international_relocationWhether an assignee is moving to a new region for the first time or has dozens of assignments under his or her belt, culture shock is always a possibility. The disorientation and frustration that come with culture shock can be sparked by a variety of cultural differences – including diet, humor, gender hierarchies and acceptable clothing.

While culture shock may only produce mild irritation, it could also be severe enough to cause an employee to isolate himself and withdraw. This problem can affect job performance, an employee's health and wellbeing and – in the worst cases – it can cause an employee to leave the company.

Learn more about managing global assignments with our free guide.

Take the Shock Out of IT

An assignee may never learn to love the spicy food of the new country, but it helps to know what to expect before the first dinner out with clients. Being prepared means the assignee can ask for a less spicy menu item or be sure to keep plenty of water on hand.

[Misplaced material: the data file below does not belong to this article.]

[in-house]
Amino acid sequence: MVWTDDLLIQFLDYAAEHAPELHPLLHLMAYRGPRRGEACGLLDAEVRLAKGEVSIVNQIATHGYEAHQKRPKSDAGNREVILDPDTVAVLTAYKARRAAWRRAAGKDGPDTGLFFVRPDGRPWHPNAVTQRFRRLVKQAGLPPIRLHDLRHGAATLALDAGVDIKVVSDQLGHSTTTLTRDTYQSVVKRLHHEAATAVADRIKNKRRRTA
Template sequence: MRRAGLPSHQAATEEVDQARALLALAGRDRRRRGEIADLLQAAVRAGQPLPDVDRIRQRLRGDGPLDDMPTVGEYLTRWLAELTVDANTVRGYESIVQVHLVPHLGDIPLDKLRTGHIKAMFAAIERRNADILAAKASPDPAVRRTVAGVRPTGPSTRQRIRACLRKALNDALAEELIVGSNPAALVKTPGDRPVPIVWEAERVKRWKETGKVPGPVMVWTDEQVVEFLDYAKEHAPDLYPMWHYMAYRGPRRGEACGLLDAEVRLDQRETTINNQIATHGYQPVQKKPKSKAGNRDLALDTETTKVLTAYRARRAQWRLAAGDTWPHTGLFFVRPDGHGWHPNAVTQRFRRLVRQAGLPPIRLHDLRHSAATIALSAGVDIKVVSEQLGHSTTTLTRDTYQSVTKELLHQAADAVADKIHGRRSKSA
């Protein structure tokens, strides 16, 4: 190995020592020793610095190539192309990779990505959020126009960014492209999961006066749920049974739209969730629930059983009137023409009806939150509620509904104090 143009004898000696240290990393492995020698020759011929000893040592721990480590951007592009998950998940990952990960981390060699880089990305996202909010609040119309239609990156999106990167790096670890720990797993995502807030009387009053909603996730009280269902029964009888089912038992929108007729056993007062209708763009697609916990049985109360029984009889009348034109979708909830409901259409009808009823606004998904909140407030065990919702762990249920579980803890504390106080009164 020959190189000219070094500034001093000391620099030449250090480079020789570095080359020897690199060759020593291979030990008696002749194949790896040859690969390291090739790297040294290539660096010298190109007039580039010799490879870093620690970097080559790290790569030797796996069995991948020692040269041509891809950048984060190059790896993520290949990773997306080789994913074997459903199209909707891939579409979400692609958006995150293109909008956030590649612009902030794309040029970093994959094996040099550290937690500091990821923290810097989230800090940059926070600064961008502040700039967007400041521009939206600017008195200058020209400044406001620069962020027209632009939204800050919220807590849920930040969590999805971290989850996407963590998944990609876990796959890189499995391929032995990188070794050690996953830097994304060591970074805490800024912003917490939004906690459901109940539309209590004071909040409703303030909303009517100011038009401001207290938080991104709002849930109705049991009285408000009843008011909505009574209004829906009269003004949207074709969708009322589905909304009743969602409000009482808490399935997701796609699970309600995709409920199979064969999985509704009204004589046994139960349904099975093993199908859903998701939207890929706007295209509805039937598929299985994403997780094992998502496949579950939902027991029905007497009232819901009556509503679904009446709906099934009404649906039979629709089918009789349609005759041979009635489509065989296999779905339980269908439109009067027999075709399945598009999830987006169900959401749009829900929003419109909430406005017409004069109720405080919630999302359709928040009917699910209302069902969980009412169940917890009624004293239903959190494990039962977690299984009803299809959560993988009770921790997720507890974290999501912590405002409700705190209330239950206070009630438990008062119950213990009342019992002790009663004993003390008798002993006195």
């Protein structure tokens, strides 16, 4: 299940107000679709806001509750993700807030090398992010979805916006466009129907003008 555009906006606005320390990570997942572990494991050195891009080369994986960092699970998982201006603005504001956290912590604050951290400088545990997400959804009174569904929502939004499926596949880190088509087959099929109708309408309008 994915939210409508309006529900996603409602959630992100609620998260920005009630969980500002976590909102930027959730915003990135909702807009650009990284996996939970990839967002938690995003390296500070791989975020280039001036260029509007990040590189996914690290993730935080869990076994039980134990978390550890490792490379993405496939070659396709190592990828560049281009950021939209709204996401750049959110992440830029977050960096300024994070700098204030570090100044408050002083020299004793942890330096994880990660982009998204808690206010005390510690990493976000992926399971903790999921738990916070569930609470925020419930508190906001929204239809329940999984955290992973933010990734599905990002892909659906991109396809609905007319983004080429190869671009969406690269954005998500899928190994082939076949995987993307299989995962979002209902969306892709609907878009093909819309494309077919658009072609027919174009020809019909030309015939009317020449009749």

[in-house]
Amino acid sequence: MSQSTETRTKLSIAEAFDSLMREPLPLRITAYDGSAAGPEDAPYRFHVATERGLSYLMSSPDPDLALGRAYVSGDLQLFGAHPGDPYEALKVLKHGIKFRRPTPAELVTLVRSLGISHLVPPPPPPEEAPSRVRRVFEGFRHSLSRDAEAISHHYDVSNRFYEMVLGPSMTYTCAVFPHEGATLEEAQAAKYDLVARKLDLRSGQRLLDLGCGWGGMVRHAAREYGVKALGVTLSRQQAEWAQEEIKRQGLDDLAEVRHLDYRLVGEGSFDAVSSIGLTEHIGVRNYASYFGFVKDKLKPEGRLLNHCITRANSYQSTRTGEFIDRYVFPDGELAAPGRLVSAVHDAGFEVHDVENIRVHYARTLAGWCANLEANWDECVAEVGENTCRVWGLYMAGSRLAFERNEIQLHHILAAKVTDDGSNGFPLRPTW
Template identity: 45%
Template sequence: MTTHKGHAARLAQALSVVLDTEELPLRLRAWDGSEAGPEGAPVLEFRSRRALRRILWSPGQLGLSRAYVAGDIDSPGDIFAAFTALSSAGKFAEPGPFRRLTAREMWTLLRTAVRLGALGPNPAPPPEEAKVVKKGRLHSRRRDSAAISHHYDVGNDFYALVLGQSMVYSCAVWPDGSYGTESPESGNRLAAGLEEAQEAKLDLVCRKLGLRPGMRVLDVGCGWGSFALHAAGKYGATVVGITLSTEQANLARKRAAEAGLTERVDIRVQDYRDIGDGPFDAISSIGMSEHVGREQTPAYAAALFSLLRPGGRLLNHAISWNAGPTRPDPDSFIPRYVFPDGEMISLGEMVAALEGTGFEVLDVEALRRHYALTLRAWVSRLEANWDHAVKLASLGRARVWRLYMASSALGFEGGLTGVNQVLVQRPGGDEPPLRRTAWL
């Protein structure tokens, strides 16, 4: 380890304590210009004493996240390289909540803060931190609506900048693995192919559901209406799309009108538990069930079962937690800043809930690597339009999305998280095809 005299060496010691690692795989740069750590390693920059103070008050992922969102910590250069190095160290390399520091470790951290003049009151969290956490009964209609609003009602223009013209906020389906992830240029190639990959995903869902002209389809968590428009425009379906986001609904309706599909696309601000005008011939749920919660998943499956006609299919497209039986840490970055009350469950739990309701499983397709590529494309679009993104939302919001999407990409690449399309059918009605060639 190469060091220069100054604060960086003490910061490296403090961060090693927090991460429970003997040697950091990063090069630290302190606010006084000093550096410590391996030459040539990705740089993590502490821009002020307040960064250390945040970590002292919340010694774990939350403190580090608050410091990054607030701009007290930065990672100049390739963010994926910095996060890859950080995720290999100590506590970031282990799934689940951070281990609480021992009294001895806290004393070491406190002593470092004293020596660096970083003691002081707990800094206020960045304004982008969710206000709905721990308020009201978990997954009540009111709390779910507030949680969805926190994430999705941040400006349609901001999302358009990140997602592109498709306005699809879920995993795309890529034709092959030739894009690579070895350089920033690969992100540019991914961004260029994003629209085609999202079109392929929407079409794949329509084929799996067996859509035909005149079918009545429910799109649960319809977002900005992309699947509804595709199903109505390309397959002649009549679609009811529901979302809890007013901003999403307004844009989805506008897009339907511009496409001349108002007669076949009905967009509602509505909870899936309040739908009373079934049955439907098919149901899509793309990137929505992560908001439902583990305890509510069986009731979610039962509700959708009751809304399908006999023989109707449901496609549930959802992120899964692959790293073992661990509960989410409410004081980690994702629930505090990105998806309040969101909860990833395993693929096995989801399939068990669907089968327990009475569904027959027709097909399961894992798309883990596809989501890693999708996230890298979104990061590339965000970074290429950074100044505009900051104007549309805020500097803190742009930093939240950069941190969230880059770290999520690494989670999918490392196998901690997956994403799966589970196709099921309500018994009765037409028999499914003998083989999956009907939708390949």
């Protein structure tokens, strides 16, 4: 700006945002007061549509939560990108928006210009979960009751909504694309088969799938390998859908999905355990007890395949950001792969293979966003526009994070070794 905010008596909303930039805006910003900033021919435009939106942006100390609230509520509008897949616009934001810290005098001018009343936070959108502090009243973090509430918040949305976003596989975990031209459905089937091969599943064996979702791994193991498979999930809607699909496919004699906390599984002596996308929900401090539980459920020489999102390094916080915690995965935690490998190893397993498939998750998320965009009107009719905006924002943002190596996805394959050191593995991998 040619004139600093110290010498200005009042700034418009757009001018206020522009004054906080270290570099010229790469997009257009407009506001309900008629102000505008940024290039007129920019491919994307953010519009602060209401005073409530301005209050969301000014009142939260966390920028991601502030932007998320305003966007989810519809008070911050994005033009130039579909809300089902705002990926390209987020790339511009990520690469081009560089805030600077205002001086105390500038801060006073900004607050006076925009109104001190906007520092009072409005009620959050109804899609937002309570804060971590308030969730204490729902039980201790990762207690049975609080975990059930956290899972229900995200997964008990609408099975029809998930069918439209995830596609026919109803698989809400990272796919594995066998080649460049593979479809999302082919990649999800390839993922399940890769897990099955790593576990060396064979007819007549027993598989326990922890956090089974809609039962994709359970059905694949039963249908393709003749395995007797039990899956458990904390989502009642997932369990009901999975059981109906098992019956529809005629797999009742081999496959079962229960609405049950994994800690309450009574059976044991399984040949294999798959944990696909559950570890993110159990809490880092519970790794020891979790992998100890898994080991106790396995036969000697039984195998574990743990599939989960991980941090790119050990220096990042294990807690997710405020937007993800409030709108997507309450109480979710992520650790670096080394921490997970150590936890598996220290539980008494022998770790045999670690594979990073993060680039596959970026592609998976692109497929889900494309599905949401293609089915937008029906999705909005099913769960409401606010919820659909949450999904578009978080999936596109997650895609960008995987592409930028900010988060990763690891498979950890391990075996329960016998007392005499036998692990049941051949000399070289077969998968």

The experience of living in a new country already involves plenty of unknowns, so employees should be as knowledgeable as possible about major cultural differences before they arrive. By taking cultural transition classes or reading up on the new country, employees can anticipate and prepare for potential difficulties.

Make Time for Fun

In a workplace environment with high stakes, increased stress levels and a variety of personal interactions, cultural differences can feel magnified. Things that may have caused mild frustration out of work can easily lead to anger and resentment in the office. These types of attitudes have the potential to bubble over and damage relationships with clients and coworkers.

To counteract this, employees should set aside time to experience the exciting aspects of a new country. Organizations can encourage employees to explore by providing information and updates about fun events, signs and experiences in the area.

Take Advantage of Resources